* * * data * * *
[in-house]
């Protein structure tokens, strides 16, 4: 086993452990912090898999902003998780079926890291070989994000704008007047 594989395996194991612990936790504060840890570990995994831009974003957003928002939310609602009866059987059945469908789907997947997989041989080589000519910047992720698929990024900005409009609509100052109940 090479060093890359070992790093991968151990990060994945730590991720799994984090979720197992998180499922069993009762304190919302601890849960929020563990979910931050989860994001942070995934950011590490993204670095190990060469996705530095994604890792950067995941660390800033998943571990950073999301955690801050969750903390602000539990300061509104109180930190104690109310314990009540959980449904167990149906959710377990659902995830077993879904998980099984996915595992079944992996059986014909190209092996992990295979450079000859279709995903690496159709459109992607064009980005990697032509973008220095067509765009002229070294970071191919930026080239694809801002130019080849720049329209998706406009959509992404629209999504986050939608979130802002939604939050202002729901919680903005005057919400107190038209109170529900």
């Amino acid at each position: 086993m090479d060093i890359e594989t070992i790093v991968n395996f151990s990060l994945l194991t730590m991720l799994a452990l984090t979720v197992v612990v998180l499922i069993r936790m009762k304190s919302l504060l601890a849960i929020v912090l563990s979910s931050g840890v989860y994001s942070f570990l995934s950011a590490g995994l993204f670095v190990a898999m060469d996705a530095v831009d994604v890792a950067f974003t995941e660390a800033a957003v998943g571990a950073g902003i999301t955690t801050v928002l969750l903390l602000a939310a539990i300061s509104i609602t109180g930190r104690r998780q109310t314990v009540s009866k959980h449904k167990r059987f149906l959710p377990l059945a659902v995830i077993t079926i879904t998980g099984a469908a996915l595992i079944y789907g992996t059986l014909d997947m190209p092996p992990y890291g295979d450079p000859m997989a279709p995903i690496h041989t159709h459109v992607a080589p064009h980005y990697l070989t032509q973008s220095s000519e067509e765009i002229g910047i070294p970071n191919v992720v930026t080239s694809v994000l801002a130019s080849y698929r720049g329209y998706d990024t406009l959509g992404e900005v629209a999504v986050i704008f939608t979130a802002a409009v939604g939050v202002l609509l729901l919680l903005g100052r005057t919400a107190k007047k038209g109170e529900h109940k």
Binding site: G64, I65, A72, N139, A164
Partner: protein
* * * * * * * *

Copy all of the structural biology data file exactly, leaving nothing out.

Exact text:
[in-house]
């Protein structure tokens, strides 16, 4: 086993452990912090898999902003998780079926890291070989994000704008007047 594989395996194991612990936790504060840890570990995994831009974003957003928002939310609602009866059987059945469908789907997947997989041989080589000519910047992720698929990024900005409009609509100052109940 090479060093890359070992790093991968151990990060994945730590991720799994984090979720197992998180499922069993009762304190919302601890849960929020563990979910931050989860994001942070995934950011590490993204670095190990060469996705530095994604890792950067995941660390800033998943571990950073999301955690801050969750903390602000539990300061509104109180930190104690109310314990009540959980449904167990149906959710377990659902995830077993879904998980099984996915595992079944992996059986014909190209092996992990295979450079000859279709995903690496159709459109992607064009980005990697032509973008220095067509765009002229070294970071191919930026080239694809801002130019080849720049329209998706406009959509992404629209999504986050939608979130802002939604939050202002729901919680903005005057919400107190038209109170529900």
């Amino acid at each position: 086993m090479d060093i890359e594989t070992i790093v991968n395996f151990s990060l994945l194991t730590m991720l799994a452990l984090t979720v197992v612990v998180l499922i069993r936790m009762k304190s919302l504060l601890a849960i929020v912090l563990s979910s931050g840890v989860y994001s942070f570990l995934s950011a590490g995994l993204f670095v190990a898999m060469d996705a530095v831009d994604v890792a950067f974003t995941e660390a800033a957003v998943g571990a950073g902003i999301t955690t801050v928002l969750l903390l602000a939310a539990i300061s509104i609602t109180g930190r104690r998780q109310t314990v009540s009866k959980h449904k167990r059987f149906l959710p377990l059945a659902v995830i077993t079926i879904t998980g099984a469908a996915l595992i079944y789907g992996t059986l014909d997947m190209p092996p992990y890291g295979d450079p000859m997989a279709p995903i690496h041989t159709h459109v992607a080589p064009h980005y990697l070989t032509q973008s220095s000519e067509e765009i002229g910047i070294p970071n191919v992720v930026t080239s694809v994000l801002a130019s080849y698929r720049g329209y998706d990024t406009l959509g992404e900005v629209a999504v986050i704008f939608t979130a802002a409009v939604g939050v202002l609509l729901l919680l903005g100052r005057t919400a107190k007047k038209g109170e529900h109940k």
Binding site: G64, I65, A72, N139, A164
Partner: protein